Sustainable Discovery and Supply Lighthouse (EIT RawMaterials)
Challenge: Europe is highly dependent on raw materials that are predominantly sourced overseas: it is using 23% of the world’s mine production for metals and minerals but only produces 2-3 % itself. Hence, Europe is vulnerable to scarcity and supply shortage and there is a need and political will for increased exploration activity and the development of mining operations and processing capabilities. Furthermore, the positive impact that exploration, mining and processing have on our economy and their critical role in a sustainable circular society have to be clearly communicated, as social opposition to mining remains one of the biggest hurdles to investment and development in the raw materials sector.
Approach: Raw, processed and advanced materials, from primary and secondary sources, are the backbone of the economy, and a radical shift is required from linear to circular thinking. End-of-life products must be considered as a resource for another cycle, while losses and stocks of unused materials must be minimized and valorized along the value chain. In addition, the interactions between materials must be considered to define the best circular solution from a systemic standpoint. Awareness of the benefits of closing material loops must be raised in society. The successful transition to the circular economy at the global scale, depend on the reliable and sustainable supply and management of raw materials.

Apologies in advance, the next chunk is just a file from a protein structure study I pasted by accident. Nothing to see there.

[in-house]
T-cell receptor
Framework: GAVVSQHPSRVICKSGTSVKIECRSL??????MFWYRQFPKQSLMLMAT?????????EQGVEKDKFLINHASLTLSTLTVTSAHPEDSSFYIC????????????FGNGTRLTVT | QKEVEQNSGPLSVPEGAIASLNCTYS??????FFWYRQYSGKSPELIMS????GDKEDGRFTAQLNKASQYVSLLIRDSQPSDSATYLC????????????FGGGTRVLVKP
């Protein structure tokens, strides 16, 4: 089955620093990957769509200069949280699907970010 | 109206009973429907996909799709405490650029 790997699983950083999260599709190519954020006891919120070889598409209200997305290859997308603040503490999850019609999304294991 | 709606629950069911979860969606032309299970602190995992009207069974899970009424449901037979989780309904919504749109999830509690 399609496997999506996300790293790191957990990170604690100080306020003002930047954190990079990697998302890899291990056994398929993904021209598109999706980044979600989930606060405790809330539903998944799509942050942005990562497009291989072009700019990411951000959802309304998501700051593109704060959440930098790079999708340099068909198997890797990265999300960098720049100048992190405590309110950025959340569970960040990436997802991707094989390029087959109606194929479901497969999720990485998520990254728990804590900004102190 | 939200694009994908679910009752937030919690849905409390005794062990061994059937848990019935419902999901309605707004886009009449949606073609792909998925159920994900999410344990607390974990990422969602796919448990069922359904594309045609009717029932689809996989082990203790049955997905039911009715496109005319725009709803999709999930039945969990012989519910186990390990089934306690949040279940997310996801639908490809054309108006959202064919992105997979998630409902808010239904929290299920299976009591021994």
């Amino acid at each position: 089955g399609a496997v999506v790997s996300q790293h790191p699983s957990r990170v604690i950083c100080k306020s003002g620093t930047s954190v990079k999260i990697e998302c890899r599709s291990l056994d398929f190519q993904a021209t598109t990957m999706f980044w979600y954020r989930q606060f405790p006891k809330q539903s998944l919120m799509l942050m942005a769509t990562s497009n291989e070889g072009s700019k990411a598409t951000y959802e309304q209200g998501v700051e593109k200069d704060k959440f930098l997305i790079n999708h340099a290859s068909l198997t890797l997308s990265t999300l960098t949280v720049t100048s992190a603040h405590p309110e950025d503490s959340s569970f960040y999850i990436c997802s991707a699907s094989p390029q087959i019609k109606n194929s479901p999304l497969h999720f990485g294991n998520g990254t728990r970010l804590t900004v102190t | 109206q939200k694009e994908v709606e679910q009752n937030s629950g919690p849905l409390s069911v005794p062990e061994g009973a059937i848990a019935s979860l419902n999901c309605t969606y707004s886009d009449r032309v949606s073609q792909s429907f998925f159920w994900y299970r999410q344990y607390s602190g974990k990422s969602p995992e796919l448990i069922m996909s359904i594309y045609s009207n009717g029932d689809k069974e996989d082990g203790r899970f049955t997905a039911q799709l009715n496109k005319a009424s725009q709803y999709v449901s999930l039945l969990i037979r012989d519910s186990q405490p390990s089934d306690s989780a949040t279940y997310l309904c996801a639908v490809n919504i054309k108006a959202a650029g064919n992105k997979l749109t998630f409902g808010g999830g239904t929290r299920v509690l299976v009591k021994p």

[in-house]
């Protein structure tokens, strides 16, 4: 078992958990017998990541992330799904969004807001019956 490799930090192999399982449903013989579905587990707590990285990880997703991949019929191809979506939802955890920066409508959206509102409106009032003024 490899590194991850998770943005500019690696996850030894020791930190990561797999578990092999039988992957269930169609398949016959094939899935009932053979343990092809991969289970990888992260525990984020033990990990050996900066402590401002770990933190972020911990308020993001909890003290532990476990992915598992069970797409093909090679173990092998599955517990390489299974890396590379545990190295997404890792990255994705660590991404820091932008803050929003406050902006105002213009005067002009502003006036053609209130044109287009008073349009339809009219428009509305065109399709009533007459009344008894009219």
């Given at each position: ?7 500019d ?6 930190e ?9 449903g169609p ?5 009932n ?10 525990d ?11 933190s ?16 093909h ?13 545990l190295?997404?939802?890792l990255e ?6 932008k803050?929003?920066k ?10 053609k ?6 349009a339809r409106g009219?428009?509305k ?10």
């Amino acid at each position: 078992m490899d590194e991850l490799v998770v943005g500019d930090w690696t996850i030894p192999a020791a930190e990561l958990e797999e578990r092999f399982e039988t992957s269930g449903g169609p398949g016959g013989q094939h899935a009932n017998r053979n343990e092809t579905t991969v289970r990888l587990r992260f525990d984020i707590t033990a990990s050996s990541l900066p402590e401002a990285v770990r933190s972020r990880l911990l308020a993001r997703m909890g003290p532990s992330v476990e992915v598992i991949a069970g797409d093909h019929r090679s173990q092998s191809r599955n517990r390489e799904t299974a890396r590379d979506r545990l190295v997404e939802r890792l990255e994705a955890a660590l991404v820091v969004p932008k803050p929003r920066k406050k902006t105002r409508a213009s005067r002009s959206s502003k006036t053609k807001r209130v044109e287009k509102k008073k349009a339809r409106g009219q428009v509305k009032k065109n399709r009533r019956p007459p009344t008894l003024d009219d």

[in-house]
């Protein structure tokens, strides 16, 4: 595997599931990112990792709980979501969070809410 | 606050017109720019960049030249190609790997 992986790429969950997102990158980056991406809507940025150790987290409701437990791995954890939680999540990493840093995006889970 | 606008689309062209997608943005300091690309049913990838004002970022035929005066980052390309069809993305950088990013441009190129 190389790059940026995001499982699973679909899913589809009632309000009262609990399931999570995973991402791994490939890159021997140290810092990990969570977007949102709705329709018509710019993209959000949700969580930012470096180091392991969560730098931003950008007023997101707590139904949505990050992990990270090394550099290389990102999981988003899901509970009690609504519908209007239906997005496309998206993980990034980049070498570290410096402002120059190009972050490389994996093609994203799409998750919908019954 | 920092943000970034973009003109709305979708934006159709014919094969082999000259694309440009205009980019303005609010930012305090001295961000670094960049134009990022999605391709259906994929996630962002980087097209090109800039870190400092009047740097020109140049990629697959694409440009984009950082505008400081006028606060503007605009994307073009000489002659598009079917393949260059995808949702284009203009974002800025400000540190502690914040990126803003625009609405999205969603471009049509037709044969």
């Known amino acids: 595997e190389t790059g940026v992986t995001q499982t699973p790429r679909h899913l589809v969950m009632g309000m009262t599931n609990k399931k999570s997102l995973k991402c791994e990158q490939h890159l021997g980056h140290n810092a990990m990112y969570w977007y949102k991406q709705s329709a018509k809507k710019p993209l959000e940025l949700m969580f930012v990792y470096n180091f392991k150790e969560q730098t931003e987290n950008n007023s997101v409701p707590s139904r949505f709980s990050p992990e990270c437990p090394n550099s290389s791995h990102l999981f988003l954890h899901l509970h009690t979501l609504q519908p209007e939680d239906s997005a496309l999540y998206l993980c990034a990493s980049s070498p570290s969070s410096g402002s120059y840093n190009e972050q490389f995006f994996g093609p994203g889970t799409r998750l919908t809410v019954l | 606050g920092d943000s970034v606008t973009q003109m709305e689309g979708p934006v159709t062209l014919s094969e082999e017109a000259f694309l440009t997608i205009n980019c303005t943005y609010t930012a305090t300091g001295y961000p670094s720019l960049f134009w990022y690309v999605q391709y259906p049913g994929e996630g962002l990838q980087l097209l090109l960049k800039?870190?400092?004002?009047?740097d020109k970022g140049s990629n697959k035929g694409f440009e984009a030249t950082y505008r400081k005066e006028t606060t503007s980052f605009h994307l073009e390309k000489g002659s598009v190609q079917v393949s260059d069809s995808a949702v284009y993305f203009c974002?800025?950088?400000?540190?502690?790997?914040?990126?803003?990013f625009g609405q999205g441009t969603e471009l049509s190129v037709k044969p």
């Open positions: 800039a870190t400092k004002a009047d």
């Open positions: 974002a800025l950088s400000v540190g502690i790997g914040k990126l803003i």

LH topics across the value chain:
Smart solutions that significantly reduce water and energy consumption are of critical importance to achieve more sustainable mineral processing operations that will have a positive impact along the entire value chain. Decreasing ore grades combined with larger volumes at smaller grain sizes are further challenging aspects that require new innovative ideas and cost-effective solutions for optimized performance.
The raw materials sector is still at a hunter-and-gatherer stage when it comes to data—in its 2018 Flagship Report, the Joint Research Centre (JRC) states that ‘…the digital transformation of society has just begun…’. New innovative solutions are required to fully integrate existing data from all sources and scales of observation and to apply the latest developments in AI and machine learning to create reliable exploration models, ensure ethical sourcing (certification) of raw materials and to lead the way to Industry 4.0 and beyond.
How do we create and operate the mine of the future—from remote and deep-seated deposits to mining in populated areas and the valorisation of tailings—in a safe and sustainable fashion? This topic is at the interface between technology, society, legislation and industry and therefore requires smart multifaceted approaches (from mine development to operation and maintenance to remediation) to yield tangible results within the framework of a social licence to operate.